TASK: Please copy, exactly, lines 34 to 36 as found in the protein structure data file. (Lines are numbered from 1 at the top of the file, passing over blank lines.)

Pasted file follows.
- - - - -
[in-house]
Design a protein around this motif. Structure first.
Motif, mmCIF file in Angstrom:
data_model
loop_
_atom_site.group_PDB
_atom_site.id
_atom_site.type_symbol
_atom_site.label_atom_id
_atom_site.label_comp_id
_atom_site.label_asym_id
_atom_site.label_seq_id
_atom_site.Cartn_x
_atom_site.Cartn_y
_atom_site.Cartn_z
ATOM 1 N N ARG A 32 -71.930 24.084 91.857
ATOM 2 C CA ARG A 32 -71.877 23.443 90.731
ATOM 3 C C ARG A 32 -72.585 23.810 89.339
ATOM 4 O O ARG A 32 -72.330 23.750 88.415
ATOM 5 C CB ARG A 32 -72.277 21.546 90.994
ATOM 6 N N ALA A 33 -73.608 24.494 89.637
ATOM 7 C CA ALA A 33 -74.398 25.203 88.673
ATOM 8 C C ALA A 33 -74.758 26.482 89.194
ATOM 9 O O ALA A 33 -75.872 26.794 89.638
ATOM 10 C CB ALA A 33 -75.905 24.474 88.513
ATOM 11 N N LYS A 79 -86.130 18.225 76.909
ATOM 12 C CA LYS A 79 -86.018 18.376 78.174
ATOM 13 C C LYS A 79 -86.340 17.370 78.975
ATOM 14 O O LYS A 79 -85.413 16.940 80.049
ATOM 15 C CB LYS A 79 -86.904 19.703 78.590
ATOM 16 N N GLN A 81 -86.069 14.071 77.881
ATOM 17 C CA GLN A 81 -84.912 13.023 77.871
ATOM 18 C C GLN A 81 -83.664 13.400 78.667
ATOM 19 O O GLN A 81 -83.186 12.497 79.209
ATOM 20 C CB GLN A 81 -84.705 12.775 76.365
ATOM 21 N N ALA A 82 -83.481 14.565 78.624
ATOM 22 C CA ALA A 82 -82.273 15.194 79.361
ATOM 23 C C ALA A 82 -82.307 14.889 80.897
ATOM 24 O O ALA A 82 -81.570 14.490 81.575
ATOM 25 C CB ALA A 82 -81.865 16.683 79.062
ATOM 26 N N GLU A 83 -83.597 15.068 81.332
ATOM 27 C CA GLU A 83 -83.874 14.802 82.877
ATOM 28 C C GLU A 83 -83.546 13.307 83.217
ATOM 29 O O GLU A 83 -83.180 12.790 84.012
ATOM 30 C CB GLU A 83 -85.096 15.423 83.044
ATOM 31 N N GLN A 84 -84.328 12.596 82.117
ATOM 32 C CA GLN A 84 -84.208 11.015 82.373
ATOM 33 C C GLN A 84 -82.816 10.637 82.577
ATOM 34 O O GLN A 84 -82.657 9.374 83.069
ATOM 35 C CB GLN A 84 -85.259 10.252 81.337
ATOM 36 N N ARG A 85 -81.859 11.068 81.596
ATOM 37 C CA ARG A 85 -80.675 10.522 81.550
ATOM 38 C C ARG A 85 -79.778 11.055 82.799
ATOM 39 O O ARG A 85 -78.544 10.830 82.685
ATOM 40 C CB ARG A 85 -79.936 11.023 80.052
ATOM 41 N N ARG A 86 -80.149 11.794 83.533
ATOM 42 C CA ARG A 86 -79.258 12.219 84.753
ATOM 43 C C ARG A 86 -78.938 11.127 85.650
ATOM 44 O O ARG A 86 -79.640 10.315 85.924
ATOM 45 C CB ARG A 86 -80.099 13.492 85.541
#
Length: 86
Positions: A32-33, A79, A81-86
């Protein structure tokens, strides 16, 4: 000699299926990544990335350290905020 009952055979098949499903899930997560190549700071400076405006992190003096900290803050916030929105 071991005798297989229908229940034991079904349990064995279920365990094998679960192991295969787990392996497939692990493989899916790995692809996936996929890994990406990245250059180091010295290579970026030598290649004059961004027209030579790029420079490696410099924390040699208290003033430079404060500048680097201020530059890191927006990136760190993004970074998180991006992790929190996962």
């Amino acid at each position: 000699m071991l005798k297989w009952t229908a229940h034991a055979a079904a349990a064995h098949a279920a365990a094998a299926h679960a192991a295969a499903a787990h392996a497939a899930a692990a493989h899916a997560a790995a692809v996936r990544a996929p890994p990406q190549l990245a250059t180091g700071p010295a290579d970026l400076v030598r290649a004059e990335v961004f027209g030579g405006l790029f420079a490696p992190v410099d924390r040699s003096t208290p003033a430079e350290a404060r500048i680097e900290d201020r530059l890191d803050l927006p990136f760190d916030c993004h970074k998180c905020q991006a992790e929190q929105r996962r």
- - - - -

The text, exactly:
ATOM 19 O O GLN A 81 -83.186 12.497 79.209
ATOM 20 C CB GLN A 81 -84.705 12.775 76.365
ATOM 21 N N ALA A 82 -83.481 14.565 78.624